MM - Tell J this house would send him BONKERS. There is no straight line, nothing level, not stairs, doorways, windows and in some rooms you walk downhill from one side of the room to the other! Someone in the past (Jim's dad we think) "plastered" one side of the hall wall with 100% cement . . . You should have heard K swearing when he broke drill bit after drill bit on that, trying to hang a picture for me!

    WSC - I dare say you had similar problems when you were doing up your house. No job was ever straightforward - something that should have taken a week always uncovered another problem and took at least 6!

    Yarrow - Give P a hug from me (and don't squash the hamster!) - you're all welcome whenever you like, and in the next house too of course!

  6. What an unusual house, BB.
    You are very brave reupholstering - I smiled because I feel that any job like that you do, whatever book you are working from will never have an explanation for your problem. Glad it turned out OK.

  7. WG - it is a very ancient site. I'm not sure which bits - if any - are part of the original "Great Hall" here, but it has a long history. Only last night I dated one past occupant who died here to being born around 1260 . . .

  8. Your story of work on the house reminded me when I decided to buy a smallholding in Wales BB...
    I was widowed at a young age and a 3 year old daughter, so decided to set out for the self-sufficent life ;) Some of the places I saw would have frightened any builder, layers of wallpaper if stripped off would have bought the walls down, roofs that looked so wonky they could have fallen down any time. Eventually commonsense won (or people yelling at me) I bought a modern house in Wilts, but one wall slipped, the builder had built it over an old well, and............. to this day I swear I saw the ghosts of the old couple who must have lived in the cottage that stood on that ground - they went through the bedroom wall one night.....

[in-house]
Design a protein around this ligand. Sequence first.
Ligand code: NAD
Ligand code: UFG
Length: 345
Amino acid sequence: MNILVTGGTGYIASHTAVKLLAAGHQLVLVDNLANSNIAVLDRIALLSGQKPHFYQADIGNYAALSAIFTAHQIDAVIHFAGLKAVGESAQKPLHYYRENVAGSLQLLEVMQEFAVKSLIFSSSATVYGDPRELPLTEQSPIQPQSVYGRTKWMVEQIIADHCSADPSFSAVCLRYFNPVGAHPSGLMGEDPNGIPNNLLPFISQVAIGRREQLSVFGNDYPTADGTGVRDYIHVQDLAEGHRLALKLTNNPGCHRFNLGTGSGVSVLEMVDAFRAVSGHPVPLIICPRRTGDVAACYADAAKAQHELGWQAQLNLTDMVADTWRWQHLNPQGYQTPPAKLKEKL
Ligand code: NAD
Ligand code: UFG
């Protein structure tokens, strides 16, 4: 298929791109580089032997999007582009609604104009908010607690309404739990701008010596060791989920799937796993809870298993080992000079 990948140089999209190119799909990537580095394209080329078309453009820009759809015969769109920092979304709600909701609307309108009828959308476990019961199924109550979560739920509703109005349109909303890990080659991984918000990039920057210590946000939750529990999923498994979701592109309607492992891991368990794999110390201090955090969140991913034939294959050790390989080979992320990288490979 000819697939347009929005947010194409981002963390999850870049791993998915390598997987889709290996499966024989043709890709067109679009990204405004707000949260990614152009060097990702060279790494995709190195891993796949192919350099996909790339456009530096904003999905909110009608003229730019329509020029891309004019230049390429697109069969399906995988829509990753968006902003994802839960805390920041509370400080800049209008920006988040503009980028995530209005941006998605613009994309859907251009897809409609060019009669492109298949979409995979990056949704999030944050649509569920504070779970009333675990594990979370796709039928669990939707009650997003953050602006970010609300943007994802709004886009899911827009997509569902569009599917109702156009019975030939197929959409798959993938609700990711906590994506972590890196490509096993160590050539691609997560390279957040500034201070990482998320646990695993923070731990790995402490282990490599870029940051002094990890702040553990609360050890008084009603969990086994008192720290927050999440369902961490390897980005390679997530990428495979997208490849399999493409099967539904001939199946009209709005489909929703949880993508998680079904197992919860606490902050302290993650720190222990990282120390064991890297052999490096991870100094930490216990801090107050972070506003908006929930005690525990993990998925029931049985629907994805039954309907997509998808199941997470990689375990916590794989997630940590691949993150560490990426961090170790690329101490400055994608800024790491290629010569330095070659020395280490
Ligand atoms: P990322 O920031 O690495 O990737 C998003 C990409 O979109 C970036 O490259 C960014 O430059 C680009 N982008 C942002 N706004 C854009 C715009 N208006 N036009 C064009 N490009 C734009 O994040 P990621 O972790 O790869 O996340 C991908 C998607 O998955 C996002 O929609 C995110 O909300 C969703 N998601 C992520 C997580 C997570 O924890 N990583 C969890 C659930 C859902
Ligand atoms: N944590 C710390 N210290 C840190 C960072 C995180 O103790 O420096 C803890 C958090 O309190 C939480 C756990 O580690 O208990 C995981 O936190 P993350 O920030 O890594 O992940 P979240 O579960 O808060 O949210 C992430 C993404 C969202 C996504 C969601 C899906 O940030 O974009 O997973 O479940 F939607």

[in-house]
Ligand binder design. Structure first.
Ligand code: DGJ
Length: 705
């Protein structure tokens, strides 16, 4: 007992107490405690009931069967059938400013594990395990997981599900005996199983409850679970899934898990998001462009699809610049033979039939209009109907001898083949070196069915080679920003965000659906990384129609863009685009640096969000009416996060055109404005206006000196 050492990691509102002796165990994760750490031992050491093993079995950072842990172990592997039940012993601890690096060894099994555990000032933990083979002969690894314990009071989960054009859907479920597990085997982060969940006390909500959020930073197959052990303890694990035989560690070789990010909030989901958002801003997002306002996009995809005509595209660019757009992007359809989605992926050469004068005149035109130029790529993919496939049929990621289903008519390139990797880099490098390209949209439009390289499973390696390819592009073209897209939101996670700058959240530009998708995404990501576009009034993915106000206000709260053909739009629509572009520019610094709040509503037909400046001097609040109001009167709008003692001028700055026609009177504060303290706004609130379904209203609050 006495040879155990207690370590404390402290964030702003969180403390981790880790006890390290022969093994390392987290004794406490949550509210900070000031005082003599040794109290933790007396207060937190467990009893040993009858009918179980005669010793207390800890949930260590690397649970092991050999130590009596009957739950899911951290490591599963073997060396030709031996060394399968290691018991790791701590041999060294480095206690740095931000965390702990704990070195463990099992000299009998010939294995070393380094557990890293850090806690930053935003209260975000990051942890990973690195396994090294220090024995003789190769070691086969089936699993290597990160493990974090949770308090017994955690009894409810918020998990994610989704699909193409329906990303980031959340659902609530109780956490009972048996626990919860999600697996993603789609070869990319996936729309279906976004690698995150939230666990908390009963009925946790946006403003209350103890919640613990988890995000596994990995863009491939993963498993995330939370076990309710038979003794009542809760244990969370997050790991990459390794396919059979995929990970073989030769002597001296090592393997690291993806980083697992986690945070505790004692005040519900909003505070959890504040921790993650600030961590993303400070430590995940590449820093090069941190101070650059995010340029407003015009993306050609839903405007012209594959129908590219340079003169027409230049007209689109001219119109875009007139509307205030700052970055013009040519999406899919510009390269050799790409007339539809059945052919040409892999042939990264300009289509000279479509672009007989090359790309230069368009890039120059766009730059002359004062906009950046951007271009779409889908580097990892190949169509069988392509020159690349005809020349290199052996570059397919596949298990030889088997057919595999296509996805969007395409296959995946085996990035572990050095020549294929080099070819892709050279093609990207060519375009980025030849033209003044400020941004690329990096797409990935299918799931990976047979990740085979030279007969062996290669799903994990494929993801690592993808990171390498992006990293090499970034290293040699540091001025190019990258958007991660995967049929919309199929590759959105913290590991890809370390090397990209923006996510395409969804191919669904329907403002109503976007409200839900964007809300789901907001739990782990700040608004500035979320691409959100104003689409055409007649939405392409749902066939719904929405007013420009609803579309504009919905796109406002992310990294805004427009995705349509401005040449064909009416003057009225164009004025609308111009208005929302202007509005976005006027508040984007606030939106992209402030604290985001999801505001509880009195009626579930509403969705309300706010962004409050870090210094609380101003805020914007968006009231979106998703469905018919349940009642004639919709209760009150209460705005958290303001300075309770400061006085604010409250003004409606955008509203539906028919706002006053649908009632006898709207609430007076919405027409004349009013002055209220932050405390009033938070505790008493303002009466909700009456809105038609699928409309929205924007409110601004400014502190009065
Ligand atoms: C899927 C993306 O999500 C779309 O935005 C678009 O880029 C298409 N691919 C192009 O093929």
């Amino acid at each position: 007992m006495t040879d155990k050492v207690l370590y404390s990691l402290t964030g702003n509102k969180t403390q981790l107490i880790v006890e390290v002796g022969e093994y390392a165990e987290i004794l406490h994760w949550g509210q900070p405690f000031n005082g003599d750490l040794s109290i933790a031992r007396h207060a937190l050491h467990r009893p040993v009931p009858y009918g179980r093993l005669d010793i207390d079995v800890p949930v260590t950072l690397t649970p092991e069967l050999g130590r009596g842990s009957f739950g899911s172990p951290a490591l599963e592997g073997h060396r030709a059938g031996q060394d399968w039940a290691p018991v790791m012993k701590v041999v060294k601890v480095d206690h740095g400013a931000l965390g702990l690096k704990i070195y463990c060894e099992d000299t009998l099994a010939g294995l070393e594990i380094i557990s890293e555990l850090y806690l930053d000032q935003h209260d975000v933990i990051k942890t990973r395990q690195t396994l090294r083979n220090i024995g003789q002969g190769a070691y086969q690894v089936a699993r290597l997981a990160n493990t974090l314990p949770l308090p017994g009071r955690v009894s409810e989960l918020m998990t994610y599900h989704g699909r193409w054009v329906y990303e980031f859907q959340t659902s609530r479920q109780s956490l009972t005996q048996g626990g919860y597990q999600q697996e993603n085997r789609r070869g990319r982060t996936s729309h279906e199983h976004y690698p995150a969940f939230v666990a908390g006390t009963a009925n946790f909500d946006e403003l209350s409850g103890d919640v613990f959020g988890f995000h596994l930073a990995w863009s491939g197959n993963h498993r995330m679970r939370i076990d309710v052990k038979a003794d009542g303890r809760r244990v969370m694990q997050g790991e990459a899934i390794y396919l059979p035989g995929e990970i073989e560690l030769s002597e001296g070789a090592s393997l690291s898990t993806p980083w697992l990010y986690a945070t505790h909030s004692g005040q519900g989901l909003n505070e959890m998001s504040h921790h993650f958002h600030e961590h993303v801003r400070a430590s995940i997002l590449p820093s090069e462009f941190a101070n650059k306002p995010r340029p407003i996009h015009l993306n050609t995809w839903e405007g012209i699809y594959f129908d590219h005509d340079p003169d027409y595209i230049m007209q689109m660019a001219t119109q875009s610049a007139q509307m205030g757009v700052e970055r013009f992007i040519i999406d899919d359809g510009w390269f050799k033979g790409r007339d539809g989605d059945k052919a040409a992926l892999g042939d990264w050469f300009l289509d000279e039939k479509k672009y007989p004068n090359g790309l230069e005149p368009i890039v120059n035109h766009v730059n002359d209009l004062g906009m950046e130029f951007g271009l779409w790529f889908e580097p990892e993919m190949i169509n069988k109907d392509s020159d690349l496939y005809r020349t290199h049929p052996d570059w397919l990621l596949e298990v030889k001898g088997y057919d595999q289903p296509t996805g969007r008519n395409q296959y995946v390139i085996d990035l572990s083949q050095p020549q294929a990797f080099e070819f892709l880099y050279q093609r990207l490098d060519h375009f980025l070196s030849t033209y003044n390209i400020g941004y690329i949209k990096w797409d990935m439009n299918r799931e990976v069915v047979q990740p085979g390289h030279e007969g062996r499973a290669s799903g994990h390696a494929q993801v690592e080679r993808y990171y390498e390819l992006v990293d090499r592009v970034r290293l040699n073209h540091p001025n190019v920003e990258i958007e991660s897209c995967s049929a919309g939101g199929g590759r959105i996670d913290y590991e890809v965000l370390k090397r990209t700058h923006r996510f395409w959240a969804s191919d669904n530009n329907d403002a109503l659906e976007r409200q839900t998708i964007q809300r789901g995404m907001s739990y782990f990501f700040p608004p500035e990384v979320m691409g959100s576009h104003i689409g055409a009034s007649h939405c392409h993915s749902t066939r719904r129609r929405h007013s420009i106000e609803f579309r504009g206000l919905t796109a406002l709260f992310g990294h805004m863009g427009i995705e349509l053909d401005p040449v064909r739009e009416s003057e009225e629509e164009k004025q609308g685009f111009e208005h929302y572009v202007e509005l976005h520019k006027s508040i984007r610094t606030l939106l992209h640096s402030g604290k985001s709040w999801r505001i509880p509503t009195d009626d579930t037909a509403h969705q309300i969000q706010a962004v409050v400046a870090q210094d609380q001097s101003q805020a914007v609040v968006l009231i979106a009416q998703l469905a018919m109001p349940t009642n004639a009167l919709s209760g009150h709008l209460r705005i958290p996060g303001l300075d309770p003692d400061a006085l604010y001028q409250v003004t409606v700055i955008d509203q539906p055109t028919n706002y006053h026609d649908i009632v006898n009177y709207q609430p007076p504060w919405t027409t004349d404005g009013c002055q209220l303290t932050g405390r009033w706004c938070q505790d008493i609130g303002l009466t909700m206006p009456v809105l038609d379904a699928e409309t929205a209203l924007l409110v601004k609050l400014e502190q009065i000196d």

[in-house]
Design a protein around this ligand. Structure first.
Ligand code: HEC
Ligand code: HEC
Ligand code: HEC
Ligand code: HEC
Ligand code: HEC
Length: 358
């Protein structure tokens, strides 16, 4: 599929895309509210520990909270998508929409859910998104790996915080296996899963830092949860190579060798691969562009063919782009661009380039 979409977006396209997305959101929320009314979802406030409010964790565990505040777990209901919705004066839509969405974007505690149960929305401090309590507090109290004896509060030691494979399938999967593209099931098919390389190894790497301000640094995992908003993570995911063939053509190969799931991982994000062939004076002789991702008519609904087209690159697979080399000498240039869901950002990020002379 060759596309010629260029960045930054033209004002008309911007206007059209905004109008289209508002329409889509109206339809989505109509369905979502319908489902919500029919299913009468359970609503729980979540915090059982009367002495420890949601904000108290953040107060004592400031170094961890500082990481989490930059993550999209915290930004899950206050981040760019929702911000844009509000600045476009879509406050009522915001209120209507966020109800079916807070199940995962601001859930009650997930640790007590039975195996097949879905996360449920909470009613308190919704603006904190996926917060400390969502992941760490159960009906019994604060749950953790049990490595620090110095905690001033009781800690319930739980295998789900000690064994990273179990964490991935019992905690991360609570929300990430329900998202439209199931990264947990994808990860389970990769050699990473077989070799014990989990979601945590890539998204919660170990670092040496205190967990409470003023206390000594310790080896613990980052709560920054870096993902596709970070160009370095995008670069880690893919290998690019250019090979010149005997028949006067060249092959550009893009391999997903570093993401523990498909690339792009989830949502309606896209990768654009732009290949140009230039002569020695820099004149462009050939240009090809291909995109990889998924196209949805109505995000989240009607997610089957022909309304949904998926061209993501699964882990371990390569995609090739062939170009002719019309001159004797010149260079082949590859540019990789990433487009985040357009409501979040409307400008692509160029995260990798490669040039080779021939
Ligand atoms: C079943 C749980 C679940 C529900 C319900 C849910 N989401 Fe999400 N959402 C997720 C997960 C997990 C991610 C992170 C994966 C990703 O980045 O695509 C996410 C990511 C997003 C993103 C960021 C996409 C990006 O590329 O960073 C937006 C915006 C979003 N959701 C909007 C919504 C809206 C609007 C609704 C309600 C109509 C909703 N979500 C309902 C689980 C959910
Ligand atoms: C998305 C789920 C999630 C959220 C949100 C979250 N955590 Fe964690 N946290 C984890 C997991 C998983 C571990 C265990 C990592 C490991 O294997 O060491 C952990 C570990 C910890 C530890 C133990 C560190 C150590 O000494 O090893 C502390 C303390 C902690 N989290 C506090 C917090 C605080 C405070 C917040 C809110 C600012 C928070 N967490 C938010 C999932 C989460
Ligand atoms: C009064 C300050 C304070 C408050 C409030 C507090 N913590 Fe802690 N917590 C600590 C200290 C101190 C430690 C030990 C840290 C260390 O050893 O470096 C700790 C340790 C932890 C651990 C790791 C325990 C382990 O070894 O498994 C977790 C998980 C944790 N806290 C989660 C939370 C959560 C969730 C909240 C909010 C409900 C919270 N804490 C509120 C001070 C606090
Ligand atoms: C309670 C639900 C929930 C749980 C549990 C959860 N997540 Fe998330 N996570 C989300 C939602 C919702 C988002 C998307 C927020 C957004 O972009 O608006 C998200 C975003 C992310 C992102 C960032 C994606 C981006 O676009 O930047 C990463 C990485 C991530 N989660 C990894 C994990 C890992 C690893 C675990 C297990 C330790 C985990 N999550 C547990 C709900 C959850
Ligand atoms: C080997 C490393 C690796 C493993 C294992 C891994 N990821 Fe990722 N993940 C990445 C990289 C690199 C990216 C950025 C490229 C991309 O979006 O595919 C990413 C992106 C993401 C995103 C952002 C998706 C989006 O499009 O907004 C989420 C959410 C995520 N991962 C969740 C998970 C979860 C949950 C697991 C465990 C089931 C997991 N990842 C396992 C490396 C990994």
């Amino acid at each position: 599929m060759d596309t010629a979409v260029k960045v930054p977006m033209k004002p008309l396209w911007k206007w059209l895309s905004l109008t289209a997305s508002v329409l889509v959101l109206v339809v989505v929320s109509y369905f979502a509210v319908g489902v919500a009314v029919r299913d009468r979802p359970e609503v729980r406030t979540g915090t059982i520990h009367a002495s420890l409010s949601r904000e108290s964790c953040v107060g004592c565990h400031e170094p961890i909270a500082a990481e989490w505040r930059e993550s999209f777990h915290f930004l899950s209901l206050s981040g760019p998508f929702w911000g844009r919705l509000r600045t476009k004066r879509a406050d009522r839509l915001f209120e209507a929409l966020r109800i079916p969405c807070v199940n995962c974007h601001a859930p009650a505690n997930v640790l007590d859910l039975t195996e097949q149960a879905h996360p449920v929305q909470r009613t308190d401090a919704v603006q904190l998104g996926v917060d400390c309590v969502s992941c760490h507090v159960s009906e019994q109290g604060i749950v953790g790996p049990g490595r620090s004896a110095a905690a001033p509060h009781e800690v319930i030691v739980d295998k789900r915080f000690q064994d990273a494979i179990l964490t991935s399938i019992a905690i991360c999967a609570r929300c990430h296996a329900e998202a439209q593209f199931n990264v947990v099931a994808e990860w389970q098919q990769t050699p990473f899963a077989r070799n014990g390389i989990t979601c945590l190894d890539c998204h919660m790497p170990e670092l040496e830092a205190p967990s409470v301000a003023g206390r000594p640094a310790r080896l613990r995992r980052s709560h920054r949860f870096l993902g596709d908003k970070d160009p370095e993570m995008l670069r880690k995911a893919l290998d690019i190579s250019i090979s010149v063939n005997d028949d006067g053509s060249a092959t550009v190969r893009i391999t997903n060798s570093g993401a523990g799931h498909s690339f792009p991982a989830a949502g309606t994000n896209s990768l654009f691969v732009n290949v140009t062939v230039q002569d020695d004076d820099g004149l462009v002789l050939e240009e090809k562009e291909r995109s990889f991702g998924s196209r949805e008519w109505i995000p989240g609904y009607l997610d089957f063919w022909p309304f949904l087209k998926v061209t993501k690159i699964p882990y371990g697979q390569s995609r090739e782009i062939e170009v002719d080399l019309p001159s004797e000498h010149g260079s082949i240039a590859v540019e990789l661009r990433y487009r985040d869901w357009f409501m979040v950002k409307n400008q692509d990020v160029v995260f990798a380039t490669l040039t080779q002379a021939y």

9. J. looked at the photo of your roof lines and declared no one has any business up there unless getting there by way of a very stout ladder and roping themselves to the chimney piece for security. Thus says the man who has done his roofing with benefit of a "Sky Trak" these last several years!